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yedrow

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Everything posted by yedrow

  1. John, that was very informative. I'm referring to the size change that occurs during kiln cooling and during use, in an oven for instance. I may be all wrong about the terms I'm using. It wouldn't be the first time. As I understand it, the clay and glaze will shrink to the maximum loss in size at the maximum heat-work they experience. Then, as the materials cool they will contract. In this case, COE would be seen as -COE, or coefficient of contraction. At room temperature then they will expand and contract relative to temperature change and if they get very (~400 f.) hot they will experience however much of a crystobalite bump the body possesses. Also, if the glaze has a greater COE than the clay, it will craze, if a lesser COE it will dunt. Given both are excessive enough to generate a sufficient differential. Isn't that what it means when Insight lists COE? If not, please explain since I'm totally confused Joel.
  2. Ben, by failure I mean shivering, dunting, crazing, etc. John, I understand. I need to know the COE of the body I'm using. My supplier doesn't have this information. I'm guessing I'll have to extrude some bars to get a ball park figure and go by that. This is really probably not very doable without a dilatometer reading of both the clay and the glazes. I was drawing inferences from what I took to be an average set of glaze COEs, from original sources. Is there any value to drawing such inferences? I don't think I can afford dilatometer testes. But, that being said, if I only had the clay tested perhaps I could. I guess my main question would be that range of acceptable COEs, `6.5-7.8, good for a rough draft on a glaze designed in Insight? Joel.
  3. I have always used melted wax in a skillet. I dip work with flat bottoms and I paint it on footed ware. I've tried the sponge method but there were problems (not coming to mind at the moment). Wax resist has never worked well for much of anything to me. I use it when I have no other choice. I'm very interested in trying the damp carpet trick though, thanks, Loretta! Joel.
  4. Since this came up in another thread... How does COE work in a relative sense? I understand the dilatometer sense. But the COE of one glaze relative to one body doesn't seem to have the same effect as the COE of another glaze on the same body, at least as far as failure goes. Am I correct? I've been looking at glazes that are within Insight or in the Roy/Hessleberth book and I find what seems to me to be a pretty wide range of COEs. I've been assuming that a COE of ~7.8 (Insight) to be the upper limit, and ~6.5 to be the lower limit. Is this even close to right? Joel.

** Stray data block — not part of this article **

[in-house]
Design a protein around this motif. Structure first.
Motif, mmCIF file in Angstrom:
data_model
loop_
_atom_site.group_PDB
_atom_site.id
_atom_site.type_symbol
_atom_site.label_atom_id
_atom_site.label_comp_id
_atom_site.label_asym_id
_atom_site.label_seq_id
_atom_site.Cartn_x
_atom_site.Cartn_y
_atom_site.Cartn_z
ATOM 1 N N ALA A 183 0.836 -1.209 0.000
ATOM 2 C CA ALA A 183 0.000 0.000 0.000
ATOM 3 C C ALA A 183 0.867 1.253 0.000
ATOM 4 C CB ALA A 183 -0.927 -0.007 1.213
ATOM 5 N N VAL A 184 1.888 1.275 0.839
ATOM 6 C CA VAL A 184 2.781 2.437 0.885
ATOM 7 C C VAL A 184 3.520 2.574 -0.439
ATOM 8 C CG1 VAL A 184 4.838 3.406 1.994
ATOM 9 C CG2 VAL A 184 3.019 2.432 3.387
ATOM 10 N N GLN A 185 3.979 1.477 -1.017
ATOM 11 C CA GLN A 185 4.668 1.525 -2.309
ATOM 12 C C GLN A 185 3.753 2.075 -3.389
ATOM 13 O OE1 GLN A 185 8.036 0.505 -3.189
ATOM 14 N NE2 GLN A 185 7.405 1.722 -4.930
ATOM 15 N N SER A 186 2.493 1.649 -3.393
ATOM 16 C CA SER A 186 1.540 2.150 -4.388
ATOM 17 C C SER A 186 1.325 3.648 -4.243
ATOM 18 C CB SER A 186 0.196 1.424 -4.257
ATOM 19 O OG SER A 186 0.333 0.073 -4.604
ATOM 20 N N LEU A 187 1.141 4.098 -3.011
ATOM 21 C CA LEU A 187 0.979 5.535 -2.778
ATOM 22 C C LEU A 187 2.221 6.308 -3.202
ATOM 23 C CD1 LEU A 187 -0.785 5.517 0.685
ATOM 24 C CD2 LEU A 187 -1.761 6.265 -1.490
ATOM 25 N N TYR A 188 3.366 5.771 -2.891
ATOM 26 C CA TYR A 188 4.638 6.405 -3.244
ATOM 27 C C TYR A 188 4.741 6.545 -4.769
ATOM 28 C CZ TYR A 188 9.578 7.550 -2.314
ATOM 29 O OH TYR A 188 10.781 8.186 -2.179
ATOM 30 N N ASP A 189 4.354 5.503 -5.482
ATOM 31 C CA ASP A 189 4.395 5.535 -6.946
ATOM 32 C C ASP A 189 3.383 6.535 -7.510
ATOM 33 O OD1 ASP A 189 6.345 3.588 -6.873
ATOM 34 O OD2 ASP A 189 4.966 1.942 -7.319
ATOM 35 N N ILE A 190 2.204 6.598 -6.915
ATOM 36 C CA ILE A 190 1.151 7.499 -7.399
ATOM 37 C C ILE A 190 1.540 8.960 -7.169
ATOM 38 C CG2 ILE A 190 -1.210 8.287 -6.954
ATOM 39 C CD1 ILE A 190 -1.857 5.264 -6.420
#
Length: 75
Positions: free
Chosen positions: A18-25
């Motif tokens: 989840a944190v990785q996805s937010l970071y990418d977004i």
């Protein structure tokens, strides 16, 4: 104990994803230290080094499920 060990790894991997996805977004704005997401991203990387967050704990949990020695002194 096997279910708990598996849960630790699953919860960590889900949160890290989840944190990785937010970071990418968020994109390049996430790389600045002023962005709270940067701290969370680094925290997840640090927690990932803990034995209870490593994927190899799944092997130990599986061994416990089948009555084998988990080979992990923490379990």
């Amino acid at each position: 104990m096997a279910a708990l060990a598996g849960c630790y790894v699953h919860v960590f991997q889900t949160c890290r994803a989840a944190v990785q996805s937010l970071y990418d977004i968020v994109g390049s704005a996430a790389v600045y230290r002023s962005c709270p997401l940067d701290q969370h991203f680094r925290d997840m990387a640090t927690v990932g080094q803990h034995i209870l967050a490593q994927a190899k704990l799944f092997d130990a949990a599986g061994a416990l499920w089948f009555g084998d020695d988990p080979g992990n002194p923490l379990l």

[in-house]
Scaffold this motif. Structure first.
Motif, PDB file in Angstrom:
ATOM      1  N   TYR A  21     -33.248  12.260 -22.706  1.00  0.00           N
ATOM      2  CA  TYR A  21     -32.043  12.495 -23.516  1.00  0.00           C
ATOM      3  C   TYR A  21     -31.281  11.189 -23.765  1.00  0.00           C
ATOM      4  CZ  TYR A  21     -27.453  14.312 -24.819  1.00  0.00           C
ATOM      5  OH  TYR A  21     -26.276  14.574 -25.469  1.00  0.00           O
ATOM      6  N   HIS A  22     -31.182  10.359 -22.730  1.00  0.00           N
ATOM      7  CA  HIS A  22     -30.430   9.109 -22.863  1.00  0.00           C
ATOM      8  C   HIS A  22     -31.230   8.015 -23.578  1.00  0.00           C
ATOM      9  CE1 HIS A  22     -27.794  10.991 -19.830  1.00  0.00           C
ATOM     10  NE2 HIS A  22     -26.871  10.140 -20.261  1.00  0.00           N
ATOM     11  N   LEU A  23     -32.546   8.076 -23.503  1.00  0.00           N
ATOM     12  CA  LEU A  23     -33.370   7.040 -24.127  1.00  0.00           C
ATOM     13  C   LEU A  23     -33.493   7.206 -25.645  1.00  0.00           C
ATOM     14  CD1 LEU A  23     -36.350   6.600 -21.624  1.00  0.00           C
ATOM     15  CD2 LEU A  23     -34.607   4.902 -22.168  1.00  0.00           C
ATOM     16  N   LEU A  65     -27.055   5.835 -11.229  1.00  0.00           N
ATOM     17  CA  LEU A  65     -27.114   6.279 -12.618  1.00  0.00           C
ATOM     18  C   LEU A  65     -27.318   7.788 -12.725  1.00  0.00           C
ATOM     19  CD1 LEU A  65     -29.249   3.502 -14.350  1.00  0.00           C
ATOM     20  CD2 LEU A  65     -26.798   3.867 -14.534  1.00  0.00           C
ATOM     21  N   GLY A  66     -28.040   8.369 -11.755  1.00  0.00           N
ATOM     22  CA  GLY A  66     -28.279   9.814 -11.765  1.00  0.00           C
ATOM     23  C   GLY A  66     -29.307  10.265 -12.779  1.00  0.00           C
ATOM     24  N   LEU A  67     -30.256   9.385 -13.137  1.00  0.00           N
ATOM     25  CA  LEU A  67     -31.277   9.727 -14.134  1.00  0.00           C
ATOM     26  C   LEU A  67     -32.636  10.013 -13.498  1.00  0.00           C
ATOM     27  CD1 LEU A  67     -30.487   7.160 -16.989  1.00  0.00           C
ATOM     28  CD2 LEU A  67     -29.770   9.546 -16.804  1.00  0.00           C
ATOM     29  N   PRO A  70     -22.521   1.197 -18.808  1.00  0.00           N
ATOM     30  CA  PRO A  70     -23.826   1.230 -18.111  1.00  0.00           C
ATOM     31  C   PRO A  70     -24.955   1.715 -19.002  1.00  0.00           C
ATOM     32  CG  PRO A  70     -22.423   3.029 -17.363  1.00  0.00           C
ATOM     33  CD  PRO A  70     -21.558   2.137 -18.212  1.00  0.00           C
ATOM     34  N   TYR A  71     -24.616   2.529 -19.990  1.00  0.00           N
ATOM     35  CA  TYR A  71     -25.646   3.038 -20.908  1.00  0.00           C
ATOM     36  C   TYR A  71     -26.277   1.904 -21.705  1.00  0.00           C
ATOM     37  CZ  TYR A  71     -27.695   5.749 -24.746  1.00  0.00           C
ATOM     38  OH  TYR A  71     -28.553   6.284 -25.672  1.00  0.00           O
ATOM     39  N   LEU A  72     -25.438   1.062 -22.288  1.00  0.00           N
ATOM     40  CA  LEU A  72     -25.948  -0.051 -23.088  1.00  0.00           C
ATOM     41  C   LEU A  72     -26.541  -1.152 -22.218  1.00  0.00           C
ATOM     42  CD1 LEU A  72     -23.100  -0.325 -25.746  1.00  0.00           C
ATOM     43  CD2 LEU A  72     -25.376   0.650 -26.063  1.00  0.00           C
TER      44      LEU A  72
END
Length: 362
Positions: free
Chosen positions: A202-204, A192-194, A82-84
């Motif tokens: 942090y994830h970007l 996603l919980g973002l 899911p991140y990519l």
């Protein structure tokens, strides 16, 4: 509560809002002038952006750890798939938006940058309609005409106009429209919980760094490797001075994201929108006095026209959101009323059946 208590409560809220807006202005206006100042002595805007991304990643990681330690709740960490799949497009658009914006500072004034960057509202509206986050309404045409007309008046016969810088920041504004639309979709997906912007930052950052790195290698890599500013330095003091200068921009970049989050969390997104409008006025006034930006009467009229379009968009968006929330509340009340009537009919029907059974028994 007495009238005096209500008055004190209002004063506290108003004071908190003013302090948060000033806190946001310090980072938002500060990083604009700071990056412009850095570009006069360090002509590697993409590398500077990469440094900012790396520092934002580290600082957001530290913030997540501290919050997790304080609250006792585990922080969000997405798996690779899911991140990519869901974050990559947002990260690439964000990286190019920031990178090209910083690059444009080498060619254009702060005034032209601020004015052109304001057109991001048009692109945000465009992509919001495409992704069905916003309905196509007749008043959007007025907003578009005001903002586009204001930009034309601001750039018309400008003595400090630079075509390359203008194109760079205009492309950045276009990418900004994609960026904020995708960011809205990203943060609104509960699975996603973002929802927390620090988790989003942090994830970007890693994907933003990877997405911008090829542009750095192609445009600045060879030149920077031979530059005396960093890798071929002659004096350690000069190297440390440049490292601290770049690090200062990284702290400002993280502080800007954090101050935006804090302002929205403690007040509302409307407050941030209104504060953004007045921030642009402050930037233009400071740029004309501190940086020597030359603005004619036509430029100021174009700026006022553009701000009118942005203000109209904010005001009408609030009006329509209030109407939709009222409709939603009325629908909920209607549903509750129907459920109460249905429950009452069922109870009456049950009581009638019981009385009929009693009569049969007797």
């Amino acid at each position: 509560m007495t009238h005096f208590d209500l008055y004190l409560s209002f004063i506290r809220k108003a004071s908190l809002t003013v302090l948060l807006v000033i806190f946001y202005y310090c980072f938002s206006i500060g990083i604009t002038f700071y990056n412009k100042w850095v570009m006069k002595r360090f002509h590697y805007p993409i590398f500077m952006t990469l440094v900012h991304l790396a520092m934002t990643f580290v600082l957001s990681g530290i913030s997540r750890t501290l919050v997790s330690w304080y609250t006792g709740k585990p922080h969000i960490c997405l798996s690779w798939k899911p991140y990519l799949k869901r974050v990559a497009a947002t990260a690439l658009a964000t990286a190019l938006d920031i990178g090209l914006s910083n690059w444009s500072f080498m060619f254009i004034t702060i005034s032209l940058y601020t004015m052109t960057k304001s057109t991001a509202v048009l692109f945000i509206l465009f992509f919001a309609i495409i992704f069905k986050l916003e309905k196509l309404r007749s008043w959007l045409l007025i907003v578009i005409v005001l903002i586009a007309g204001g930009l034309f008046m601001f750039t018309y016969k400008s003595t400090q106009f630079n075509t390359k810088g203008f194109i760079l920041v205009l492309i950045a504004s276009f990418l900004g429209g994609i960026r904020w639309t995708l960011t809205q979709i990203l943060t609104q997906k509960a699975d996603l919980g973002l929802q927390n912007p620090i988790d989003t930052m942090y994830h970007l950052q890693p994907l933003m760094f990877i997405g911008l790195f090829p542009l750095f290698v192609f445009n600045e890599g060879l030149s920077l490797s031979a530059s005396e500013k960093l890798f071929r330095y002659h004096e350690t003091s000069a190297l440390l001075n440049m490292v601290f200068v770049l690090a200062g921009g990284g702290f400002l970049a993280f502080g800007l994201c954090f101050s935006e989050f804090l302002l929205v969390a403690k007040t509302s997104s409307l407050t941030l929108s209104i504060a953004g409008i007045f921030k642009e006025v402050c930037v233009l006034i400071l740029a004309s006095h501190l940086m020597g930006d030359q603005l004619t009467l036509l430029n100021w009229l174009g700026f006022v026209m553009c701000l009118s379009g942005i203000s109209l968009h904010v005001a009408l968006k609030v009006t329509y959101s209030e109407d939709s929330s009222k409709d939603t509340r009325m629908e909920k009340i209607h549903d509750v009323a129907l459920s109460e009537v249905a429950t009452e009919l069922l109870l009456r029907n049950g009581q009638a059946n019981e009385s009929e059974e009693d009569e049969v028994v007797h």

5. Thanks everyone, I think I'm going to give the Roy glaze a try this week (the one from the book). I'll have to look to see where I put the tile from the presumable 'Roy' glaze. If I find it I'll take a pic and post it. It wasn't a cone 6 glaze I'm pretty sure. Joel.
  6. I'm a firm believer in dealing with the problem as early as possible when it comes to clay. Like 'oldlady' said, use a rubber rib to burnish the bottom. After that, there is a green wheel for the Dremel that works quite well on small imperfections. Joel.
  7. I do what should probably be called quasi-production. I don't make only one thing, I make several different items and often three or four different things in a day. I throw around 35 to 40 one pound mugs in an hour, around 18 pie plates in an hour, and around 18 three pound spoon jars in an hour. I throw between 100 and 150 pounds of clay in a day. I hand make my handles. To do this I roll the clay into a ball, then without changing much of the motion, I roll it into a carrot shape. Then I slap this down to flatten one side and then cut off the tip of the big end. I wet both the mug and the big end and attach the handle. I can do this in about the time a person using an extruder takes, when doing a run of 30 mugs. After 30 mugs the extruder starts getting faster. But, if I'm doing 10 mugs I'm much faster. All total it takes me about 4 minutes to throw, trim, and handle a mug. Repetition is the trick. On top of that, I'm a form guy. I have no interest at all in a well glazed pot if it doesn't have good form. I follow a simple set of rules I learned from a Ferguson quote, "First learn technical skills, then form, then the kiln/glaze, and finally surface." Most of the work I've seen ignores the first two parts and goes straight to glaze and decoration. But to me, to get the beauty out of a pot, you need the form. Form comes from control and control comes from practice. Just make lots of pots. And, if you can, find a good handle and try to reproduce it. I think I have a good handle, here is a pic. Feel free to give it a shot. Another couple of tips: Good handles come from a good eye for negative space, and let yourself flow, like water. Beauty comes from natural motions in an analog sense, not from digital skips and jumps.